Thursday, 8 March 2018

Review: The City of Brass by S. A. Chakraborty

The City of Brass (The Daevabad Trilogy #1) by S. A. Chakraborty
Publisher: Harper Voyager
Released: 8th March 2018
My Rating: 4.25 stars out 5
Find it on Goodreads
Nahri has never believed in magic. Certainly, she has power; on the streets of 18th century Cairo, she’s a con woman of unsurpassed talent. But she knows better than anyone that the trade she uses to get by—palm readings, zars, healings—are all tricks, sleights of hand, learned skills; a means to the delightful end of swindling Ottoman nobles.

But when Nahri accidentally summons an equally sly, darkly mysterious djinn warrior to her side during one of her cons, she’s forced to accept that the magical world she thought only existed in childhood stories is real. For the warrior tells her a new tale: across hot, windswept sands teeming with creatures of fire, and rivers where the mythical marid sleep; past ruins of once-magnificent human metropolises, and mountains where the circling hawks are not what they seem, lies Daevabad, the legendary city of brass, a city to which Nahri is irrevocably bound.

In that city, behind gilded brass walls laced with enchantments, behind the six gates of the six djinn tribes, old resentments are simmering. And when Nahri decides to enter this world, she learns that true power is fierce and brutal. That magic cannot shield her from the dangerous web of court politics. That even the cleverest of schemes can have deadly consequences.

After all, there is a reason they say be careful what you wish for... (from Goodreads)

The City of Brass was a fantastic start to a new series. Hats off to S. A. Chakraborty, I haven’t been this excited about a new series in a while!

So first of all, let’s talk about the setting. This was world building at its finest. I could so easily picture the streets Nahri walked through in Cairo, the sand-filled desert as she and Dara made their way to Daevabad, the library she and Ali frequented, the clothes, the food – everything. I loved exploring the world and all of the rich details, and honestly, one of the reasons I’m looking forward to the sequel is to get back to it and explore more of Daevabad.

Speaking of Nahri, her chapters were my favourite. I loved how sceptical of everything she was; she’d had a hard life, and didn’t trust very many people. She was a top-notch thief and con artist, and used to living life looking out for a gullible mark. Even when she was exposed to a completely different, much more luxurious environment, she didn’t lose her shrewdness or her pragmatism and that’s what made her such a stand out character in my opinion. I also really liked seeing Nahri use her healing powers and discovering her limitations, and I’m excited to find out more her abilities in book two.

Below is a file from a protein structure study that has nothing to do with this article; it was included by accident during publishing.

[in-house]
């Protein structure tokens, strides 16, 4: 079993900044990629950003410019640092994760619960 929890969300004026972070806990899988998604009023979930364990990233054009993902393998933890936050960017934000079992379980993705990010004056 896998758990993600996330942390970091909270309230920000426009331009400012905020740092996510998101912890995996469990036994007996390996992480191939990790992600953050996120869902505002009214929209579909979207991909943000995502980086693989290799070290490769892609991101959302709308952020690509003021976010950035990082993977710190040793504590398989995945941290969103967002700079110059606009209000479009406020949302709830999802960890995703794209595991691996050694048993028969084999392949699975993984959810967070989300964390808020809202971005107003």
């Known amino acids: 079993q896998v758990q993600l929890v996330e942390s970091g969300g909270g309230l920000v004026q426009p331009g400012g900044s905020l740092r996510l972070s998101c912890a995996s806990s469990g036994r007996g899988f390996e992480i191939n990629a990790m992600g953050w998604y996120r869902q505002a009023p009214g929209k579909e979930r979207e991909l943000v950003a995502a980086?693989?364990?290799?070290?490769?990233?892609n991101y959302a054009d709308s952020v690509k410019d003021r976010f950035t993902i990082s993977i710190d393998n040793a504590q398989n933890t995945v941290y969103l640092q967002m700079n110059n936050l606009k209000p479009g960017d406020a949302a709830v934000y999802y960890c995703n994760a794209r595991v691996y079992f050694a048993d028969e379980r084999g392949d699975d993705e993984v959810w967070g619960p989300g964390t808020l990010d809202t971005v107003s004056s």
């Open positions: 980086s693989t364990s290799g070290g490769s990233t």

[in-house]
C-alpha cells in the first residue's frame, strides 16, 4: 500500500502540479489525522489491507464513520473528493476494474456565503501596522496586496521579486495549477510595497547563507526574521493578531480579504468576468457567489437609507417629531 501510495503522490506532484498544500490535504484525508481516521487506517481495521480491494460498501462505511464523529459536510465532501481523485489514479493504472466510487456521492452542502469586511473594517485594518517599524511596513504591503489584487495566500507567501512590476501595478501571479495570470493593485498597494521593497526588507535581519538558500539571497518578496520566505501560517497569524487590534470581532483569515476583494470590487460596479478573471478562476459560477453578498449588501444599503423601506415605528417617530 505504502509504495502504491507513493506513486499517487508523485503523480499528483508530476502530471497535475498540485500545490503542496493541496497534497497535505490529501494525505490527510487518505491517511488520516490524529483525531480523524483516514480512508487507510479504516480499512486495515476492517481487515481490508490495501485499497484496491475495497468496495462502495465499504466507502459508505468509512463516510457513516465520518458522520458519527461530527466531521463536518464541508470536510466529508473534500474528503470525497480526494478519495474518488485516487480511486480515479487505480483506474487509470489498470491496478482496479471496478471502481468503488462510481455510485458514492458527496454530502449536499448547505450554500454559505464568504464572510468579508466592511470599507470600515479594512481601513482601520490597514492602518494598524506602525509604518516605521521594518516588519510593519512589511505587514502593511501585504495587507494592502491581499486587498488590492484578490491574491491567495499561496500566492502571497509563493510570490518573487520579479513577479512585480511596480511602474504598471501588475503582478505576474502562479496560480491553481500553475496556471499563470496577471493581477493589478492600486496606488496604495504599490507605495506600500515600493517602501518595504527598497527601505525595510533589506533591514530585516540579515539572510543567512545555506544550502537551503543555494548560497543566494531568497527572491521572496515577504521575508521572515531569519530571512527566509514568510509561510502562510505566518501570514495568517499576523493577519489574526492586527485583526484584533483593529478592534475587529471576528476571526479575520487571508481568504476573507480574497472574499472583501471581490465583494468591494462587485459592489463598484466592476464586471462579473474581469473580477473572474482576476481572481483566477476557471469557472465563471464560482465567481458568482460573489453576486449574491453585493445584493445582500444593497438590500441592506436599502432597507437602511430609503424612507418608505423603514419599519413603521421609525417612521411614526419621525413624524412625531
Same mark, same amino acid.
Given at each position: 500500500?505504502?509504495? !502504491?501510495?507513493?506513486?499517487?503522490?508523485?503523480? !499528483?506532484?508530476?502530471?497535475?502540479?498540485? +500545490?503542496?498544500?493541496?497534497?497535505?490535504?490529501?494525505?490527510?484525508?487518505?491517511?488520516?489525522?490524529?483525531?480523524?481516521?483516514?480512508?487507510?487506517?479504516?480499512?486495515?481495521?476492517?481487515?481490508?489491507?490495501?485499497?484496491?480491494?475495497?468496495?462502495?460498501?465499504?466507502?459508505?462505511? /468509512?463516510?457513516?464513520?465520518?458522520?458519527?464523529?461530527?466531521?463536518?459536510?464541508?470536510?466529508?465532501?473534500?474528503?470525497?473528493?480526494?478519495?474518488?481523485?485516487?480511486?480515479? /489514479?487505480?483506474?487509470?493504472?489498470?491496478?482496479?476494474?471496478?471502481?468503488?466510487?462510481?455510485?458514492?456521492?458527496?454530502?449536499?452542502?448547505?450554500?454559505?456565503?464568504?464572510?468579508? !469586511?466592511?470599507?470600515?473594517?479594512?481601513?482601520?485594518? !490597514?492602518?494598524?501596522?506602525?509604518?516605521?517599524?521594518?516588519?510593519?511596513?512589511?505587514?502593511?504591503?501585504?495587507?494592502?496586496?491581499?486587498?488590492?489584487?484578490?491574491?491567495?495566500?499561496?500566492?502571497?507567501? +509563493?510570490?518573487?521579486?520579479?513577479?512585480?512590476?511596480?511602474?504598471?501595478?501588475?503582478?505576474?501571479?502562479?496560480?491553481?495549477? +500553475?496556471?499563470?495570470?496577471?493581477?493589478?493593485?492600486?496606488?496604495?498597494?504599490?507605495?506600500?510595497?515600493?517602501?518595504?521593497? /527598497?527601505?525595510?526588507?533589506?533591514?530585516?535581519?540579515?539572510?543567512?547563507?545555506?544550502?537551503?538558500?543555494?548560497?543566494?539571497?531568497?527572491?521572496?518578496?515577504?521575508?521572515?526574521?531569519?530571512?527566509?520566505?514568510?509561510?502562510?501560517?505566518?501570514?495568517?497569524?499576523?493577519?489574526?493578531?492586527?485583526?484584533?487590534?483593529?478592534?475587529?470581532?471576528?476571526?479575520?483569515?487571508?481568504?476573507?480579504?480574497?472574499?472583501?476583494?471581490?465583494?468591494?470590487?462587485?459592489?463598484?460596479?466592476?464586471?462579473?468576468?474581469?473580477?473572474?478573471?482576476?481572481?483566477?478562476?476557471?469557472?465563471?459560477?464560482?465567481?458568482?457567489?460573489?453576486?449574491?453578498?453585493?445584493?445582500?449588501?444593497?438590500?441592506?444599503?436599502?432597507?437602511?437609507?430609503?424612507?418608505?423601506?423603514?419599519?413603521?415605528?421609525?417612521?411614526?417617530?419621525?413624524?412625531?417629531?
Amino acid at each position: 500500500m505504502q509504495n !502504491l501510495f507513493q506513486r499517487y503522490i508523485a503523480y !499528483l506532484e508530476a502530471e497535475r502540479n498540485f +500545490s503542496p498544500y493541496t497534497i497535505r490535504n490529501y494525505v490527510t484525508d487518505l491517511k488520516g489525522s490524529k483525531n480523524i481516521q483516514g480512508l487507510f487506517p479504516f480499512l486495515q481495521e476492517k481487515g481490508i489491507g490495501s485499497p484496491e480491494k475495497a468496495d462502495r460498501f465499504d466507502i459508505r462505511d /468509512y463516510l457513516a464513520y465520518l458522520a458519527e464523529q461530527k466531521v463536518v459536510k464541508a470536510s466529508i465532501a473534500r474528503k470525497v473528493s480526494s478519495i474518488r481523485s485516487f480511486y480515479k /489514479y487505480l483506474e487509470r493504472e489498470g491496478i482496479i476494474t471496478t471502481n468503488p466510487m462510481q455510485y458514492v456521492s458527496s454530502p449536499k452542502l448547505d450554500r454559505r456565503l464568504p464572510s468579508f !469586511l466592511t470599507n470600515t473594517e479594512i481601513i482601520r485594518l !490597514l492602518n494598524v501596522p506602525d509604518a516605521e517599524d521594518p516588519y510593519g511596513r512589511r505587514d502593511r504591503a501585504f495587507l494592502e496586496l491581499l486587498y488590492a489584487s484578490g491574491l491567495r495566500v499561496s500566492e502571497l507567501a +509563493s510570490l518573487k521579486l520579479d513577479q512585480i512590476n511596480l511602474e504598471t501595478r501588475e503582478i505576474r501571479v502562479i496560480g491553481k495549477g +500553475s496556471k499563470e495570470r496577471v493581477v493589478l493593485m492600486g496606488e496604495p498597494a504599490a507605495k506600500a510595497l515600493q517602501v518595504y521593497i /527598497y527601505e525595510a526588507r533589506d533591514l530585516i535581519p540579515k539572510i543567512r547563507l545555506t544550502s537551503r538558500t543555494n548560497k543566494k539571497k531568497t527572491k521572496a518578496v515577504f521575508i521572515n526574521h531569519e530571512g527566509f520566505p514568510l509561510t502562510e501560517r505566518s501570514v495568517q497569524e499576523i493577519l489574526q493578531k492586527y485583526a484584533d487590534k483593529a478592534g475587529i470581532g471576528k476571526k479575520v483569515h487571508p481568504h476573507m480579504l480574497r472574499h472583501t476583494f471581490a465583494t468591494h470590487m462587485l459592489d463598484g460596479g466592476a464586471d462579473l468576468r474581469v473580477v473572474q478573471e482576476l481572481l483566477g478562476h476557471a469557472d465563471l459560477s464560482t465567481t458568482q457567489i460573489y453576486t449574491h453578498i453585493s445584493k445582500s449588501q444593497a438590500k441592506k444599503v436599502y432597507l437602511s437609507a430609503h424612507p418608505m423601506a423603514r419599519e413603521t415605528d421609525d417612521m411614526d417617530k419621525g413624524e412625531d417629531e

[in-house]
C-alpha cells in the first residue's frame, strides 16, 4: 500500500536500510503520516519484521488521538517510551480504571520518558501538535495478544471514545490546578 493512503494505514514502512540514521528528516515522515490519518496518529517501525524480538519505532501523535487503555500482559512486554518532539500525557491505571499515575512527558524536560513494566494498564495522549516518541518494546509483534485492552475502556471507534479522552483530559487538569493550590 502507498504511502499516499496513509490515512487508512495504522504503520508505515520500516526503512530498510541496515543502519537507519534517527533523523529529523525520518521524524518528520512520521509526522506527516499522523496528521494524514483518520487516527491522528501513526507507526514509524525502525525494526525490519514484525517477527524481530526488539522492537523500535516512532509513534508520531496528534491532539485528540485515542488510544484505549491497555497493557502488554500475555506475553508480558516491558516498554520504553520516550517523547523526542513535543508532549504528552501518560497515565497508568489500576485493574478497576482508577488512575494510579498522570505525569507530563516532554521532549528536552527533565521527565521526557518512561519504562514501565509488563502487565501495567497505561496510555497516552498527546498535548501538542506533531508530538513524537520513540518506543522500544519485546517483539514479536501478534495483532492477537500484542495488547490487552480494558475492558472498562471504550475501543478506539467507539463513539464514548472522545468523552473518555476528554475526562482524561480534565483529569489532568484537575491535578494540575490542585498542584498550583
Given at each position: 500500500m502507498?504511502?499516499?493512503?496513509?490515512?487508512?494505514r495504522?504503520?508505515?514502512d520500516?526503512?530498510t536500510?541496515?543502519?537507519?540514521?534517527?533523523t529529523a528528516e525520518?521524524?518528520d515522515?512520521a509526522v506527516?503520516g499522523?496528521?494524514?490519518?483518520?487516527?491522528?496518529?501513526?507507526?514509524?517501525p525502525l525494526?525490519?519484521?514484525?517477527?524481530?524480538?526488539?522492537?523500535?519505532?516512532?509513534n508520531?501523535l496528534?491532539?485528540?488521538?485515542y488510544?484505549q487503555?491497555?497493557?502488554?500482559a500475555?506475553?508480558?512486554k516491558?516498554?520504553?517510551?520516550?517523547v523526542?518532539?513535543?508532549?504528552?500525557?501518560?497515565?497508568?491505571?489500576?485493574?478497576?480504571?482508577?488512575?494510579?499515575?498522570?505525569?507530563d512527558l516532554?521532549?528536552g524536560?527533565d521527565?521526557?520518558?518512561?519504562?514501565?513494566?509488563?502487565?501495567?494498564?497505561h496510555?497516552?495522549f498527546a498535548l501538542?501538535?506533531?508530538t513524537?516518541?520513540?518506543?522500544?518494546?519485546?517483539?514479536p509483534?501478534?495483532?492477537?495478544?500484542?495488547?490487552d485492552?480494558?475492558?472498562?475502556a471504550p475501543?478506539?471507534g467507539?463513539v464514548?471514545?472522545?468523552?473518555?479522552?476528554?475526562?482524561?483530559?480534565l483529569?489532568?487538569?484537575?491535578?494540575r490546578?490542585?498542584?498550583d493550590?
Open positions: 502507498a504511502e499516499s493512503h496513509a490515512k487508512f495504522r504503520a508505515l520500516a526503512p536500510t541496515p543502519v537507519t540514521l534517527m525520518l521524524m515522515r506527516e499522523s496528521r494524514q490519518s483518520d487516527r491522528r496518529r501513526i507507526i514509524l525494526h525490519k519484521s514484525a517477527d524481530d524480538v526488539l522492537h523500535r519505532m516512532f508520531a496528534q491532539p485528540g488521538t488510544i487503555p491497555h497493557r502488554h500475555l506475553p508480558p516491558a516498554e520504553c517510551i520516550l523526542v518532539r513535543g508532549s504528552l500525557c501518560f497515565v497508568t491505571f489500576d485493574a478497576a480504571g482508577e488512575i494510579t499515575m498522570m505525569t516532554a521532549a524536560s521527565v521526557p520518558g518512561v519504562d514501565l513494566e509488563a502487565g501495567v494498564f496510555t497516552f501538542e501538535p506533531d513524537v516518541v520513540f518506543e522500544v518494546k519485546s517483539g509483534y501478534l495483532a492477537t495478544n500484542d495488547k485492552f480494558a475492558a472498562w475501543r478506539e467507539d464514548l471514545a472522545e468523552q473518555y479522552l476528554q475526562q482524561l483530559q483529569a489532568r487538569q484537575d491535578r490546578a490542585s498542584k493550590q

Dara…I had many opinions about. I was just intrigued by his background; he kept revealing tiny bits of his (very long) history to Nahri but there was so much more he was hiding, which Nahri could tell and frequently argued with him about. At the same time, she didn’t push hard on the topics she knew would be contentious; it’s almost like she didn’t want to know certain things. Their relationship was so complex and only got more so as they settled in Daevabad and it was interesting to see how the dynamic between them changed as time went on.

Ali was another character I had many feelings about. He had very strong beliefs on his family, his history and how Daevabad should be governed – he and Dara were total opposites in their beliefs but both were strangely drawn to Nahri who was a sort of neutral ground. At first I found his chapters a bit less exciting then Nahri’s, and was in more of a rush to get through them. When their storylines joined up, however, his POV grew on me and I became a lot more interested in his struggles and seeing what decisions he would make.

In terms of pacing, the first half of this book was a little slow, but once we got to Daevabad, things really started to pick up. This was also quite a character-driven book, which meant parts of the plot were a bit obvious at times, though the characters were so enjoyable that this didn’t really bother me, and there were still a lot of great revelations and reveals that I’m sure will continue in the next book. One of my favourite parts of the book was definitely learning about djinn and daevas and all the lore – it was nice that we got to learn alongside Nahri throughout. I also liked how much of a role the supporting characters played - there were no throwaway, there for the sake of it, characters, everyone was weaved really well into the story. And of course, the ending was as expected for a first book in a series – it definitely left me wanting more!

Overall, I really enjoyed this book and can’t wait for the next one!